reached at (213) 738-6888 or

It is the policy and practice of Southwestern Law School to comply with the
Americans with Disabilities Act of 1990 as amended by the ADA Amendments Act of
2008, Section 504 of the Rehabilitation Act, and state and local requirements regarding
students and applicants with disabilities. Southwestern will make every effort to provide
reasonable accommodations for students with medical, attentional, psychological,
learning, or temporary disabilities.

Accommodations are not provided to give a student an unfair advantage over

other students, but simply to allow a student with disabilities to have an equal
opportunity to be successful.

A student has the responsibility to meet with the Counselor/Disability Specialist

as early as possible to discuss his or her request for special accommodations.
Students who do not seek accommodations need not make their disabilities known.
Further information regarding procedures, policies and documentation required is
available in the Student Handbook.


I have an open door policy and I welcome students' visits. One of the joys of
teaching for me is meeting with students one-on-one. In fact, I urge you to meet and
confer with me early on and throughout the semester. Please do not wait until the end
of the semester to come and see me.

In addition I have set aside specific hours for my Evidence students. If these
hours do not fit your schedule, please feel free to make an appointment with me

personally or just call me and leave a message if I am not in (extension 6773). I will
return your call and arrange an appointment.

BW Building Room 441 Wednesday 3:30-4:30 p.m.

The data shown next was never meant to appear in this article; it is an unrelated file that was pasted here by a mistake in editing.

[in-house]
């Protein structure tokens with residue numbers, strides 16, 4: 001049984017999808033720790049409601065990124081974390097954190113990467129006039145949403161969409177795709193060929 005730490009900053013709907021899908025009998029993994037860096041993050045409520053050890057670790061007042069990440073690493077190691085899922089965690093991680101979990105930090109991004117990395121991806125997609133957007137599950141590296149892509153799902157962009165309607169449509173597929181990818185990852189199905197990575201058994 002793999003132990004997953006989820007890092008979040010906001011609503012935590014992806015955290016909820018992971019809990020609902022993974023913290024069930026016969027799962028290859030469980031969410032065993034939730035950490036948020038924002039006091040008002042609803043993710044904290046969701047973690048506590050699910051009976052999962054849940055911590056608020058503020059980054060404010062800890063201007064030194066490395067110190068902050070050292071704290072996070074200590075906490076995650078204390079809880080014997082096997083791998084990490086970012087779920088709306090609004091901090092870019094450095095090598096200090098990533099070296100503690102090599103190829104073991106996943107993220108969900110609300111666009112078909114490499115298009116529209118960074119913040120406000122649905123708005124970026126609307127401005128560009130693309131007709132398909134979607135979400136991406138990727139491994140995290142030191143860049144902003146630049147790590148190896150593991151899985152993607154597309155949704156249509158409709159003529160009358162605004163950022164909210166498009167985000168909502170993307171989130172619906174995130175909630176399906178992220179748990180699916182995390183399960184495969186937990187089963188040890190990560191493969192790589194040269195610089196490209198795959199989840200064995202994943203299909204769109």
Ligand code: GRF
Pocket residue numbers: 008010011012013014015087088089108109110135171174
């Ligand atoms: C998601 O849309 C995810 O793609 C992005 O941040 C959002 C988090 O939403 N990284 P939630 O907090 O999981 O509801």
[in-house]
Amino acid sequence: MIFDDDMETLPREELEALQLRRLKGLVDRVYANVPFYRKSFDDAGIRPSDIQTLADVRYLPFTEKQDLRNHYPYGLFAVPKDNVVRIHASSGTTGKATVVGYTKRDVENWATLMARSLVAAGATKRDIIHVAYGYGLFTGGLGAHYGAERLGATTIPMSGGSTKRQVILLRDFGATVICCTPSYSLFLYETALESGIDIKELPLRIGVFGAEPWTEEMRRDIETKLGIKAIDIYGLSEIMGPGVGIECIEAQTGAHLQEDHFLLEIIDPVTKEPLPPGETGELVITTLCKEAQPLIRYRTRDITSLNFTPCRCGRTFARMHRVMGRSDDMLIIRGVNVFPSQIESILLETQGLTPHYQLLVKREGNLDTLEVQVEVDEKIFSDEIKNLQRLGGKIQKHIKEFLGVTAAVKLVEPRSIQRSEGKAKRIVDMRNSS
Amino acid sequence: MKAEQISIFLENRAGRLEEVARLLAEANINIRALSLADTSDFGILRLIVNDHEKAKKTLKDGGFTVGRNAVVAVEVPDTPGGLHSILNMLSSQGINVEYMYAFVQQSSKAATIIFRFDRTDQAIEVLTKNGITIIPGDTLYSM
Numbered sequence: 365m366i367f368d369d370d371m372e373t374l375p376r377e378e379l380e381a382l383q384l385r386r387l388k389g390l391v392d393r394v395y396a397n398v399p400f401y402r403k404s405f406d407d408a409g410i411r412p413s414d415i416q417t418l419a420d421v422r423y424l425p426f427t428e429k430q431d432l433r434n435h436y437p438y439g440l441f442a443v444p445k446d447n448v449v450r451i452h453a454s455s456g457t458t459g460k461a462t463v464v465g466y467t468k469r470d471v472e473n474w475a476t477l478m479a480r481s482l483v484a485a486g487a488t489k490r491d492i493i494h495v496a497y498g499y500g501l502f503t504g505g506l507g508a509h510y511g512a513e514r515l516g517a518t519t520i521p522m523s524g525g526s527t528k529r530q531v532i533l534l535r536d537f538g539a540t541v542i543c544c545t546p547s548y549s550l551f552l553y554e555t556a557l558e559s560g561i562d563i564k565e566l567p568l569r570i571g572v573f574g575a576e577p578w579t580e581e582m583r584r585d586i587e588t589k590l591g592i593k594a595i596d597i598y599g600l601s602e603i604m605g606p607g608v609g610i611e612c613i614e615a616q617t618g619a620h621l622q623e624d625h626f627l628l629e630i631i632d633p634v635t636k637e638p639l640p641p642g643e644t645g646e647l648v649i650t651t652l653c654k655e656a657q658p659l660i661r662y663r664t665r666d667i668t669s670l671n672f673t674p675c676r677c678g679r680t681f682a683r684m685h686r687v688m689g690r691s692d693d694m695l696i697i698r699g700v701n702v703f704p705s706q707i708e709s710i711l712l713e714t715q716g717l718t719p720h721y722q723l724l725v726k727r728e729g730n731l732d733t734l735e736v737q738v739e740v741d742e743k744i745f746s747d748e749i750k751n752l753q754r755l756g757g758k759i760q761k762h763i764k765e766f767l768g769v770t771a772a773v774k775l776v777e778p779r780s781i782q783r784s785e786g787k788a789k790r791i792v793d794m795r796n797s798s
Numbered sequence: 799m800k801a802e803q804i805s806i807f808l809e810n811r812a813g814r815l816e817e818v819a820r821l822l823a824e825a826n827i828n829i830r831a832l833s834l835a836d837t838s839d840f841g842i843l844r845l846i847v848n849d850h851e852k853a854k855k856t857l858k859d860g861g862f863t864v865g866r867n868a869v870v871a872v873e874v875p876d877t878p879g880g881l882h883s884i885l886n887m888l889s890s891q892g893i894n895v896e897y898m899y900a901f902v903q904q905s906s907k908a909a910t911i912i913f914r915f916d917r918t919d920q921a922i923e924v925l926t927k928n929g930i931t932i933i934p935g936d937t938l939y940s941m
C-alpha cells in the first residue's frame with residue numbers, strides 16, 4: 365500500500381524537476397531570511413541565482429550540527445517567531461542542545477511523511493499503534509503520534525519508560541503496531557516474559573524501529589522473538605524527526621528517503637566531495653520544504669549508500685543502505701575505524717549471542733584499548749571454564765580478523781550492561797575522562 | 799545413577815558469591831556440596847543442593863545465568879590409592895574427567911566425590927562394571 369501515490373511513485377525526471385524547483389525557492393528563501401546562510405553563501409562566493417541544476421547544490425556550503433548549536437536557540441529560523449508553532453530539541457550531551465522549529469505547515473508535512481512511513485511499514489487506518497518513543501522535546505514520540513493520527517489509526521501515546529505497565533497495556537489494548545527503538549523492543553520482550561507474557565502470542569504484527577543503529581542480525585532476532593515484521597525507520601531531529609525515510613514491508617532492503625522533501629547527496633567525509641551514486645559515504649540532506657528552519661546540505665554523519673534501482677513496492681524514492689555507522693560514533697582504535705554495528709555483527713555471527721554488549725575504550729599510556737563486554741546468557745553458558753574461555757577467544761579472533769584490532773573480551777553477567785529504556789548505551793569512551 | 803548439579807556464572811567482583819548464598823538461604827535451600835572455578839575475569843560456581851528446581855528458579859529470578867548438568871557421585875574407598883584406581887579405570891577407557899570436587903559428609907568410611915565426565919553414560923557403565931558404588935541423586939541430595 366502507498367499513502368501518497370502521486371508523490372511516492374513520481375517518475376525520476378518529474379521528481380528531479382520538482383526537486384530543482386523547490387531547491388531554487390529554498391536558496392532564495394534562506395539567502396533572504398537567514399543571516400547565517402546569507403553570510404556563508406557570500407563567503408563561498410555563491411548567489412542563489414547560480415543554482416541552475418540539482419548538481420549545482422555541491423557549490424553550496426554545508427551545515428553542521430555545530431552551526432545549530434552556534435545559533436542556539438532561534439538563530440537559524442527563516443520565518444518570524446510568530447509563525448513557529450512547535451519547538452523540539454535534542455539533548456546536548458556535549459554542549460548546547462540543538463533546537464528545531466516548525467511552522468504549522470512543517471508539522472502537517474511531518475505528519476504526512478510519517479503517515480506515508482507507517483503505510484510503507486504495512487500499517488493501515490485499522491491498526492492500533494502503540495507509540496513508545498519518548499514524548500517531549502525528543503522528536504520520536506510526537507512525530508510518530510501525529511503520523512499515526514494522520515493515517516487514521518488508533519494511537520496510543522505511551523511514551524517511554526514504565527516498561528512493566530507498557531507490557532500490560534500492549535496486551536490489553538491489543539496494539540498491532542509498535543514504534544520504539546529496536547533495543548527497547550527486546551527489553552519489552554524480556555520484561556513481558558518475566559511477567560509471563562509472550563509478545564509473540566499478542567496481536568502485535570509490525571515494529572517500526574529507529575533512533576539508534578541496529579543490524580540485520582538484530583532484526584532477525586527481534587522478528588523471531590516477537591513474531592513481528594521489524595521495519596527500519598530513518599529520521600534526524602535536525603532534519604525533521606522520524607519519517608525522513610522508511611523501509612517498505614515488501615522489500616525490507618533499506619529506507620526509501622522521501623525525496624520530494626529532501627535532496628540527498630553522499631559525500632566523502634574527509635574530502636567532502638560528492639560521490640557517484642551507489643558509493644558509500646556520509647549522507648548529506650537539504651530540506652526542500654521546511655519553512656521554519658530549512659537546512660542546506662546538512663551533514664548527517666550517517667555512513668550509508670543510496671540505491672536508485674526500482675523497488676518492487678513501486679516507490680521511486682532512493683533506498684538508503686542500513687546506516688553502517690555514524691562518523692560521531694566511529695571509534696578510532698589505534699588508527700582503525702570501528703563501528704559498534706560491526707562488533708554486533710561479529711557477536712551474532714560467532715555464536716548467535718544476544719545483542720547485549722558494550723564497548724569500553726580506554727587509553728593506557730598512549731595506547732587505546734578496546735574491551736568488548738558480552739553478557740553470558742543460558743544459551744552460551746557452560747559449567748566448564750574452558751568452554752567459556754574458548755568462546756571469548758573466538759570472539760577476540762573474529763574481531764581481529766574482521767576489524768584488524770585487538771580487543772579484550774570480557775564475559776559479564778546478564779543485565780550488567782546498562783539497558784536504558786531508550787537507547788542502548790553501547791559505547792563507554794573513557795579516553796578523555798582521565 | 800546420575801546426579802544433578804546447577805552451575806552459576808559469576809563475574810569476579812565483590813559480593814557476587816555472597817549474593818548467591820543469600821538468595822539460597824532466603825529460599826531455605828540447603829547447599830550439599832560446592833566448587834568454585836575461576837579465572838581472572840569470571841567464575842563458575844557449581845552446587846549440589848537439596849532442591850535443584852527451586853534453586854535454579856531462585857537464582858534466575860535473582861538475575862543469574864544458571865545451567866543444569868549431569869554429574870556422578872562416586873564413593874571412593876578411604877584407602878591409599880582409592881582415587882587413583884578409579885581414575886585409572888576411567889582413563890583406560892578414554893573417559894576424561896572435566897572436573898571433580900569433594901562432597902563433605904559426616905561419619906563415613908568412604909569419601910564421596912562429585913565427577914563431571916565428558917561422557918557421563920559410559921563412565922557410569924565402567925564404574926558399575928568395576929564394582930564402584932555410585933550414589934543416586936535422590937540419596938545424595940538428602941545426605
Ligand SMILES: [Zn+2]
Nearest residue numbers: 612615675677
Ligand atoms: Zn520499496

Thursday 3:30-4:30 p.m.


The order in which we shall cover the materials in the Casebook is:





Carefully read all of Chapter 1, Making the Record, and work the quizzes on
TWEN that cover the chapter. Read and study carefully pages 72-76 in Chapter 2A and
read quickly all of Chapter 1 for the first day of class. Read the article Ann Althouse,
Beyond King Solomon=s Harlots: Women in Evidence, 65 S. Cal. L. Rev. 1265 (1992)
for the first week of class. This article is available in the Supplemental Materials
document page on the TWEN page. I shall discuss it when we cover the Judgment of
Solomon, that appears on page 72 of the casebook.

SECTION 140 T1BMWTh 2:00 - 3:20 p.m. W311

Ses# Date Pages Chap FREs Description

1 M 1-70 1& 401, 402 Making the Record; Intro to relevance - relevant to what? The Judgment

1/10 & 72- 2A & 403 of Solomon


2 W 72-76 2A 401, 402 Ann Althouse, Beyond King Solomon=s Harlots: Women in Evidence, 65

1/12 TWEN & 403 S. Cal. L. Rev. 1265 (1992), Supp. Materials on TWENBnot in casebook;

Supp. Hart & McNaughton excerpt; James excerpt.

3 Th 77-80 2B 401, 402, Relevance & inference. Morgan excerpt; McCormick excerpt; Knapp v.

1/13 403 State, 168 Ind. 153 (1907); Note: Sherrod v. Berry, 856 F.2d (7th Cir.
1988)(en banc)

4 W 814- 12B 701-706 Scientific Evidence & Opinion: Daubert v. Merrell Dow, 509 U.S. 579

1/19 39, (1993); Kumho Tire Co., Ltd. v. Carmichael, 526 U. S. 137 (1999); U.S.

856- v. Salee, 162 F.Supp. 1097 (D. Alaska 2001); U.S. v. Scheffer, 523

61 U.S. 303 (1998)

5 Th 81-94 2C 403 Prob value v. prej effect. Sherrod v. Berry, reprise; Old Chief v. U.S.,

1/20 117 S.Ct. 644 (1997); Ballou v. Henri Studios, Inc., 656 F.2d 1147 (5th

Cir. 1981); Hypos, pp. 93-94.